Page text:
Why Cops Should Not Be Allowed At Pride Parades

Image caption: ReeAnna Segin raises a fist of solidarity, flanked by fellow protestors. A red socialist flag and a Philly-style Pride flag fly in the background.

By Mar Escalante

Photo by K. Daniel Bryan

At the recent Philadelphia Pride Parade, ReeAnna Segin, a trans woman, protested police brutality by publicly attempting to burn a “Blue Lives Matter” flag — a pro-cop symbol that has gained popularity among people opposed to the Black Lives Matter movement against police killings of Black people. She was then tackled to the ground by three cops, held in custody for over 24 hours during which she was transferred to a men’s prison, and given a list of charges including two felonies.

During her time in custody, Segin was misnamed and misgendered in numerous police statements to media. While many media outlets have since updated their articles to reflect her correct name and gender, these updates were due to the work of her advocates against the harm committed by the initial police statements. Furthermore, these updates did not mitigate the physical danger and humiliation to a trans woman being placed in a men’s prison after being held in custody for an extended period of time. This treatment by the PPD is unconscionable.

The DA’s office has since withdrawn the two felony charges; however, the misdemeanor charges still stand against a person expressing their First Amendment rights at a public rally–excessive to say the least. This whole situation highlights a crucial point: Welcoming cops at Pride parades is dangerous to members of the LGBTQ community. Cops have no place at Pride.

History of Pride

The Stonewall riots in 1969 occurred when police officers raided the Stonewall Inn and began arresting patrons en masse. This was not an unprecedented occurrence, and the LGBTQ community was fed up with being targeted and marginalized. Thanks to trans women of color activists like Marsha P. Johnson and Sylvia Rivera among others, the community fought back against state violence that night. Riots and protests continued over the following days, and the modern-day LGBTQ movement was born. Each year, Pride parades are held in cities all around the country in part to celebrate the social and legal gains since Stonewall. But Pride is not only a celebration, it is also a time to engage in liberatory struggle, which is far from over.

Pride in Philadelphia

In 2016, when Philly Pride Presents decided to host GOAL (the Gay Officer Action League) as one of the Grand Marshals for that year’s Pride Parade, a petition circulated in protest. Petitioners stated that the Stonewall riot was “started by Black and Brown trans women and drag queens, who were then and continue to be the most vulnerable members of the LGBTQ community.” They wrote, “The police, as an institution, continue to carry out racist and transphobic violence.” Their advocacy resulted in GOAL’s decision to withdraw.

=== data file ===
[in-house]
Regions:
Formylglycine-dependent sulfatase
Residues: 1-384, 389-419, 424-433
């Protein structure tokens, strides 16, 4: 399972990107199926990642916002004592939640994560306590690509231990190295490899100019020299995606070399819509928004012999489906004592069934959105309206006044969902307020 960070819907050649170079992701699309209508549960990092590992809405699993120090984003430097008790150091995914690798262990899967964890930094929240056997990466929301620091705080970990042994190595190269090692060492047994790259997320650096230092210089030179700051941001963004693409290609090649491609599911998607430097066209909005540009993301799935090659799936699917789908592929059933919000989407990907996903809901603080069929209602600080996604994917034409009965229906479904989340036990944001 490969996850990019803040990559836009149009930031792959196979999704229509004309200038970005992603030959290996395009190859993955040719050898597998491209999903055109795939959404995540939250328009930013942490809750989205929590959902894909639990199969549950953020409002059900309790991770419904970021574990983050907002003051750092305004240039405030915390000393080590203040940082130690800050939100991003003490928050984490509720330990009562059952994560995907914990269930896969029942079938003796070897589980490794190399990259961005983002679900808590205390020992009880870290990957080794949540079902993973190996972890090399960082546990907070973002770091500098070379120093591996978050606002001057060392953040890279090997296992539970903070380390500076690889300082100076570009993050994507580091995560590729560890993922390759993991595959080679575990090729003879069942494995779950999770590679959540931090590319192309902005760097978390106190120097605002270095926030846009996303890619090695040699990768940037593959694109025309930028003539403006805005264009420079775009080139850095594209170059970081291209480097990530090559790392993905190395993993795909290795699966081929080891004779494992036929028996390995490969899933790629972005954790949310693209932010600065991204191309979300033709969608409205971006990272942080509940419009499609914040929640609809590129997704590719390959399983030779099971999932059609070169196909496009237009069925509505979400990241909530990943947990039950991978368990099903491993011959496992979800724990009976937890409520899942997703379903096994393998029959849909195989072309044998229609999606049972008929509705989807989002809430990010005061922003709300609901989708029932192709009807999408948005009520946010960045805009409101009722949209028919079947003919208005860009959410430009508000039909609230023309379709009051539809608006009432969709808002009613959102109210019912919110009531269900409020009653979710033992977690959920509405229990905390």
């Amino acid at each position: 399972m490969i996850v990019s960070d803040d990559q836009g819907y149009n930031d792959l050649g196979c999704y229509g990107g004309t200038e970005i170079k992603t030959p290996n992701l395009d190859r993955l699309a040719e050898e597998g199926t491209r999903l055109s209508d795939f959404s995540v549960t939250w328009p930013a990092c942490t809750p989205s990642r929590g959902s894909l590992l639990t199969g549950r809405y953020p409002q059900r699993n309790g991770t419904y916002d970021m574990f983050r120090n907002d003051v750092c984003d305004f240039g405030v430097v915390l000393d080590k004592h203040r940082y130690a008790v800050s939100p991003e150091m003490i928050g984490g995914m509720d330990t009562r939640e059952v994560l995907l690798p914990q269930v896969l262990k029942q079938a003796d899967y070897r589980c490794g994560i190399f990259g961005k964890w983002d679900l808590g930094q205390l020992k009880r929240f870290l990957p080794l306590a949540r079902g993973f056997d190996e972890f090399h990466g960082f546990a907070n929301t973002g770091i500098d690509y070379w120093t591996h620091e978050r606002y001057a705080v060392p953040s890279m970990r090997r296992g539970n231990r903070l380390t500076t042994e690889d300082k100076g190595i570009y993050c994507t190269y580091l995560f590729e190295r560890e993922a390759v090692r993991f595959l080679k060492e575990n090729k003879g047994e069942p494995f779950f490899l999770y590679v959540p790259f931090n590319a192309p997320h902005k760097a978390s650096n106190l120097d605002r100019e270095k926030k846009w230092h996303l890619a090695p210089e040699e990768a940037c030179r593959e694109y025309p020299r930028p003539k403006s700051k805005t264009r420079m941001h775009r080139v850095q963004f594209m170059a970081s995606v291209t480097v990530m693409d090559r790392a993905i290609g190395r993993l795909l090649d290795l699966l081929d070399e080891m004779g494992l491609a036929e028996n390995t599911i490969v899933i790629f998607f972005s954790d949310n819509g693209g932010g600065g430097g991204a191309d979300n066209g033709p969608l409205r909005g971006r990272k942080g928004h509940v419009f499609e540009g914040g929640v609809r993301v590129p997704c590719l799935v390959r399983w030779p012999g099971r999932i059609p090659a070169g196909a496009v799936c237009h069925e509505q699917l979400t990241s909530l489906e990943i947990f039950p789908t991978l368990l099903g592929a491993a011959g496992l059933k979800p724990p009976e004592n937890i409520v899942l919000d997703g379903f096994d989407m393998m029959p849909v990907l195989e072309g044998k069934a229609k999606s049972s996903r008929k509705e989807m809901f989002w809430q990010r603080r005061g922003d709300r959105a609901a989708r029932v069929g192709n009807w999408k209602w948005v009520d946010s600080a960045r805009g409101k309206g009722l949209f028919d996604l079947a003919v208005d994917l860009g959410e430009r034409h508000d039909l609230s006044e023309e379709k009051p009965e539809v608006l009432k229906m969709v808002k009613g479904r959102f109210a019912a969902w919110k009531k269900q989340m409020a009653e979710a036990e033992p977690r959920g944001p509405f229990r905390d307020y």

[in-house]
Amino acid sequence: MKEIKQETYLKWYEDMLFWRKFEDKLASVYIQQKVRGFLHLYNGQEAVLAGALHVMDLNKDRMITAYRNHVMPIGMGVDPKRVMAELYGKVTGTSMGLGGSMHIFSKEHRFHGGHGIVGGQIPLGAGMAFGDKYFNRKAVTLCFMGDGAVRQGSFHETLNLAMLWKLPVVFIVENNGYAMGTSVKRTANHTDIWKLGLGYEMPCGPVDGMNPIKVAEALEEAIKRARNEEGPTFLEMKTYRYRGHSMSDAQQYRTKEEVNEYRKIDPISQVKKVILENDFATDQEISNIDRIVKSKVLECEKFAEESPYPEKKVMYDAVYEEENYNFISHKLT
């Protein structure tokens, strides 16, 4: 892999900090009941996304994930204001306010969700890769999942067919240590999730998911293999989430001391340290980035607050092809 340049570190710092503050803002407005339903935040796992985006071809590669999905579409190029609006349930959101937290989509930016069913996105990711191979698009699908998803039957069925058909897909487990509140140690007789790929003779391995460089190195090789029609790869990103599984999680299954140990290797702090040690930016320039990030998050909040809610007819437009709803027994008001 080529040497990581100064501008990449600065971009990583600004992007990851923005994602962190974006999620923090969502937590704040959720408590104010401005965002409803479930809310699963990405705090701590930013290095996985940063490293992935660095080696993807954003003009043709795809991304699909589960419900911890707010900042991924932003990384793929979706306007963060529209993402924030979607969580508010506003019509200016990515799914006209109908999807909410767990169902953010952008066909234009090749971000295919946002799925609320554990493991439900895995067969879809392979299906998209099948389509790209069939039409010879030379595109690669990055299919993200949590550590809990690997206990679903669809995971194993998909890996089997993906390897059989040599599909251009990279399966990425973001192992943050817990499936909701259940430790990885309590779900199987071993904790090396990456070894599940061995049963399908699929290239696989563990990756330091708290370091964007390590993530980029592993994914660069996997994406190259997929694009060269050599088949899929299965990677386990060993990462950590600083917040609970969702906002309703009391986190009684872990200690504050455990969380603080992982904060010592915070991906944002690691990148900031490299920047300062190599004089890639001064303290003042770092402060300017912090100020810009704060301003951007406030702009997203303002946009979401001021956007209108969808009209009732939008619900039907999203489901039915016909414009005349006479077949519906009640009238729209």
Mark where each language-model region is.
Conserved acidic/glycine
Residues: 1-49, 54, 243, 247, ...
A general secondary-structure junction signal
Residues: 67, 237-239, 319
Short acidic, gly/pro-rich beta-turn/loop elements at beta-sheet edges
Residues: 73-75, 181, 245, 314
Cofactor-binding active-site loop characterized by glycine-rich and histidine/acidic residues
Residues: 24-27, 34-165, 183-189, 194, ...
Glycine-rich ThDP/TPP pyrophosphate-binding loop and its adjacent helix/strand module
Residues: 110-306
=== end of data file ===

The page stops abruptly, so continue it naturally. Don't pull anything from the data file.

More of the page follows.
In 2017, a similar message was taken up by The Equity Coalition, which organized a march to “Take Back Pride” in support of historically marginalized communities. In an op-ed for Philadelphia Magazine, Ernest Owens wrote, “The movement for LGBTQ rights was championed by intersectional pioneers who were of color, transgender, non-binary, poor, and in-between. Now more than ever, these vulnerable marginalized voices should be centered in Pride.” While the QTPOC Take Back Pride march was vocal, it was nonviolent; however, demonstrators “were pushed over, had bikes slammed in their faces” by the cops. The Equity Coalition recently released a statement about last year’s incident.

Police Violence against Trans People and People of Color

Statistics support concerns raised by members of the Philly LGBTQ community. Trans people and queer people of color in particular face tremendous threat of state violence. According to a 2013 study by the National Coalition of Anti-Violence Programs, trans people are 3.7 times more likely to experience physical violence from the police. Trans people of color are 6 times more likely to experience violence. According to a 2012 FAQ by FORGE, 22-38 percent of trans people have been harassed, 15 percent have experienced physical abuse, and 7 percent have been sexually assaulted by the police. A press release from the National Center for Transgender Equality released data showing that LGBTQ people such as Roxana Hernandez, who died in ICE custody after being denied medical care, are 97 times more likely to face violence in detention centers than non-LGBTQ people. And in a Lambda Legal survey, trans and non gender conforming people, especially those of color, reported significantly higher rates of verbal assault, physical assault and sexual harassment in jails and prisons, while 60 percent reported being placed in a single-gender section that did not match their gender identity.

Protecting Our Communities

The LGBTQ struggle against state violence, championed at Stonewall and remembered at Pride, is ongoing. Statistics and actions show that regardless of their intentions to maintain order, police presence is a threat to marginalized members of the LGBTQ community. This reflects the message from ReeAnna Segin’s protest as well as the police response to it: cops are not a force for protection but a source of danger to queer and trans people and to communities of color. Pride parades must remain a safe space for all members of the LGBTQ community, therefore police should not be welcomed. We must remain vigilant against state oppression, stand up on behalf of our most marginalized communities, and remember that as civil rights leader Fannie Lou Hamer said, “Nobody’s free until everybody’s free.”

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